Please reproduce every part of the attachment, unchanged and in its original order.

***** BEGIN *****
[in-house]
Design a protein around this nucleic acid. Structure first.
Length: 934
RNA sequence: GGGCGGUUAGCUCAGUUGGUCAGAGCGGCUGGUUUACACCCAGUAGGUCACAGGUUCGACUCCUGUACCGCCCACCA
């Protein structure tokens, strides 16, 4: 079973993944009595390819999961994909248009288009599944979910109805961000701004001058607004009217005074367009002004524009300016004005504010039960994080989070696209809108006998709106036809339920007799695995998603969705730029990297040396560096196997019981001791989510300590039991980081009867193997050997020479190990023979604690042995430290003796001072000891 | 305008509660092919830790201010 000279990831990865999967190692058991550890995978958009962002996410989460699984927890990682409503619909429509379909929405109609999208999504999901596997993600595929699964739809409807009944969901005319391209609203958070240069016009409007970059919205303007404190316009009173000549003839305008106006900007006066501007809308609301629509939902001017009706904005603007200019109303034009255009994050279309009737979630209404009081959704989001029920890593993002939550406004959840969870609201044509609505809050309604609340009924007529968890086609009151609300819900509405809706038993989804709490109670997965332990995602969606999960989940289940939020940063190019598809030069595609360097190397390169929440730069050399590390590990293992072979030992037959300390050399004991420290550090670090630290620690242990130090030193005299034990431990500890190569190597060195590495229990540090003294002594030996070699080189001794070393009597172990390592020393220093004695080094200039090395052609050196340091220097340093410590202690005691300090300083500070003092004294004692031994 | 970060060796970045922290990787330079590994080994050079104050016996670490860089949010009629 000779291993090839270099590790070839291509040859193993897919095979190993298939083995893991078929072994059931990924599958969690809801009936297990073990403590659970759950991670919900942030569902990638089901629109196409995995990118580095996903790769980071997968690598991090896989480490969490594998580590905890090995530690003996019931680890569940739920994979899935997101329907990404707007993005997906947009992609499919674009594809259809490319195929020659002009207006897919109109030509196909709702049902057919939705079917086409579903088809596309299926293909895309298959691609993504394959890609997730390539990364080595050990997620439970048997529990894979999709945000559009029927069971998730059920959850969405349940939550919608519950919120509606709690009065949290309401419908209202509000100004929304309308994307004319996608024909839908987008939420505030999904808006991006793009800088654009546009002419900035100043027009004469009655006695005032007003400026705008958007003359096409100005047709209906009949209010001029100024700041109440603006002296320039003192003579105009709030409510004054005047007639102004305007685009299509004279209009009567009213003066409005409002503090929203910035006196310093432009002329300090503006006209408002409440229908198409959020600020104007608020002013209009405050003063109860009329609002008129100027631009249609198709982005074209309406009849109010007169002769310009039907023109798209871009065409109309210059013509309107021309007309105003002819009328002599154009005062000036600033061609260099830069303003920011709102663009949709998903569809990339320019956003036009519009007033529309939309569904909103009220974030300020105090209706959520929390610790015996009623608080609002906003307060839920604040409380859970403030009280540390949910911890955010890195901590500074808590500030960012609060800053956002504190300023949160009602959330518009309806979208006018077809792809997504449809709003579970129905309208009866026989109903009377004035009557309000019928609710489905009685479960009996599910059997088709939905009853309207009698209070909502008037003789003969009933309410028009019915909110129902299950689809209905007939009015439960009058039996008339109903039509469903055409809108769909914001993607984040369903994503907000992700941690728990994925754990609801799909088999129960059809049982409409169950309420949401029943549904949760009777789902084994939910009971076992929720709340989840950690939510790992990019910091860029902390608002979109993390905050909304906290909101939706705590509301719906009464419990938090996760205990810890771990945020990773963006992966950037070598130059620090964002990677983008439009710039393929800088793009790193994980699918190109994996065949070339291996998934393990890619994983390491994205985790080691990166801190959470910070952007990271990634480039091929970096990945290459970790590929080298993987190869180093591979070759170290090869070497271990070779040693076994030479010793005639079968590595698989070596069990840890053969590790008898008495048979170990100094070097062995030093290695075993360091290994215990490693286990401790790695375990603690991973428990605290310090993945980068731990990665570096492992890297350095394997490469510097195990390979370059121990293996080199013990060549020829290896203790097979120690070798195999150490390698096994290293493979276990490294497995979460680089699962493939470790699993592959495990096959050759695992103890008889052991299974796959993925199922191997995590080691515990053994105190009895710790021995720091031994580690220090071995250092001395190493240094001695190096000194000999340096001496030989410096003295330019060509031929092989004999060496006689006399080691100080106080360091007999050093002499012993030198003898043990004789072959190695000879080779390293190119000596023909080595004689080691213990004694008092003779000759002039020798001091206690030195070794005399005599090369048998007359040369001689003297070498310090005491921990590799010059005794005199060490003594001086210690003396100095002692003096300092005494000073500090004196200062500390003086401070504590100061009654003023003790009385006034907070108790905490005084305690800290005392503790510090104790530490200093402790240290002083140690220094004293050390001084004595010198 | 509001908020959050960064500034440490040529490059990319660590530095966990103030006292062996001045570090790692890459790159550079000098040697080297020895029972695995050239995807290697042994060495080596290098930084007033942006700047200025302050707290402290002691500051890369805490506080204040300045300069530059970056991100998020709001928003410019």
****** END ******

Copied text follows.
[in-house]
Design a protein around this nucleic acid. Structure first.
Length: 934
RNA sequence: GGGCGGUUAGCUCAGUUGGUCAGAGCGGCUGGUUUACACCCAGUAGGUCACAGGUUCGACUCCUGUACCGCCCACCA
């Protein structure tokens, strides 16, 4: 079973993944009595390819999961994909248009288009599944979910109805961000701004001058607004009217005074367009002004524009300016004005504010039960994080989070696209809108006998709106036809339920007799695995998603969705730029990297040396560096196997019981001791989510300590039991980081009867193997050997020479190990023979604690042995430290003796001072000891 | 305008509660092919830790201010 000279990831990865999967190692058991550890995978958009962002996410989460699984927890990682409503619909429509379909929405109609999208999504999901596997993600595929699964739809409807009944969901005319391209609203958070240069016009409007970059919205303007404190316009009173000549003839305008106006900007006066501007809308609301629509939902001017009706904005603007200019109303034009255009994050279309009737979630209404009081959704989001029920890593993002939550406004959840969870609201044509609505809050309604609340009924007529968890086609009151609300819900509405809706038993989804709490109670997965332990995602969606999960989940289940939020940063190019598809030069595609360097190397390169929440730069050399590390590990293992072979030992037959300390050399004991420290550090670090630290620690242990130090030193005299034990431990500890190569190597060195590495229990540090003294002594030996070699080189001794070393009597172990390592020393220093004695080094200039090395052609050196340091220097340093410590202690005691300090300083500070003092004294004692031994 | 970060060796970045922290990787330079590994080994050079104050016996670490860089949010009629 000779291993090839270099590790070839291509040859193993897919095979190993298939083995893991078929072994059931990924599958969690809801009936297990073990403590659970759950991670919900942030569902990638089901629109196409995995990118580095996903790769980071997968690598991090896989480490969490594998580590905890090995530690003996019931680890569940739920994979899935997101329907990404707007993005997906947009992609499919674009594809259809490319195929020659002009207006897919109109030509196909709702049902057919939705079917086409579903088809596309299926293909895309298959691609993504394959890609997730390539990364080595050990997620439970048997529990894979999709945000559009029927069971998730059920959850969405349940939550919608519950919120509606709690009065949290309401419908209202509000100004929304309308994307004319996608024909839908987008939420505030999904808006991006793009800088654009546009002419900035100043027009004469009655006695005032007003400026705008958007003359096409100005047709209906009949209010001029100024700041109440603006002296320039003192003579105009709030409510004054005047007639102004305007685009299509004279209009009567009213003066409005409002503090929203910035006196310093432009002329300090503006006209408002409440229908198409959020600020104007608020002013209009405050003063109860009329609002008129100027631009249609198709982005074209309406009849109010007169002769310009039907023109798209871009065409109309210059013509309107021309007309105003002819009328002599154009005062000036600033061609260099830069303003920011709102663009949709998903569809990339320019956003036009519009007033529309939309569904909103009220974030300020105090209706959520929390610790015996009623608080609002906003307060839920604040409380859970403030009280540390949910911890955010890195901590500074808590500030960012609060800053956002504190300023949160009602959330518009309806979208006018077809792809997504449809709003579970129905309208009866026989109903009377004035009557309000019928609710489905009685479960009996599910059997088709939905009853309207009698209070909502008037003789003969009933309410028009019915909110129902299950689809209905007939009015439960009058039996008339109903039509469903055409809108769909914001993607984040369903994503907000992700941690728990994925754990609801799909088999129960059809049982409409169950309420949401029943549904949760009777789902084994939910009971076992929720709340989840950690939510790992990019910091860029902390608002979109993390905050909304906290909101939706705590509301719906009464419990938090996760205990810890771990945020990773963006992966950037070598130059620090964002990677983008439009710039393929800088793009790193994980699918190109994996065949070339291996998934393990890619994983390491994205985790080691990166801190959470910070952007990271990634480039091929970096990945290459970790590929080298993987190869180093591979070759170290090869070497271990070779040693076994030479010793005639079968590595698989070596069990840890053969590790008898008495048979170990100094070097062995030093290695075993360091290994215990490693286990401790790695375990603690991973428990605290310090993945980068731990990665570096492992890297350095394997490469510097195990390979370059121990293996080199013990060549020829290896203790097979120690070798195999150490390698096994290293493979276990490294497995979460680089699962493939470790699993592959495990096959050759695992103890008889052991299974796959993925199922191997995590080691515990053994105190009895710790021995720091031994580690220090071995250092001395190493240094001695190096000194000999340096001496030989410096003295330019060509031929092989004999060496006689006399080691100080106080360091007999050093002499012993030198003898043990004789072959190695000879080779390293190119000596023909080595004689080691213990004694008092003779000759002039020798001091206690030195070794005399005599090369048998007359040369001689003297070498310090005491921990590799010059005794005199060490003594001086210690003396100095002692003096300092005494000073500090004196200062500390003086401070504590100061009654003023003790009385006034907070108790905490005084305690800290005392503790510090104790530490200093402790240290002083140690220094004293050390001084004595010198 | 509001908020959050960064500034440490040529490059990319660590530095966990103030006292062996001045570090790692890459790159550079000098040697080297020895029972695995050239995807290697042994060495080596290098930084007033942006700047200025302050707290402290002691500051890369805490506080204040300045300069530059970056991100998020709001928003410019």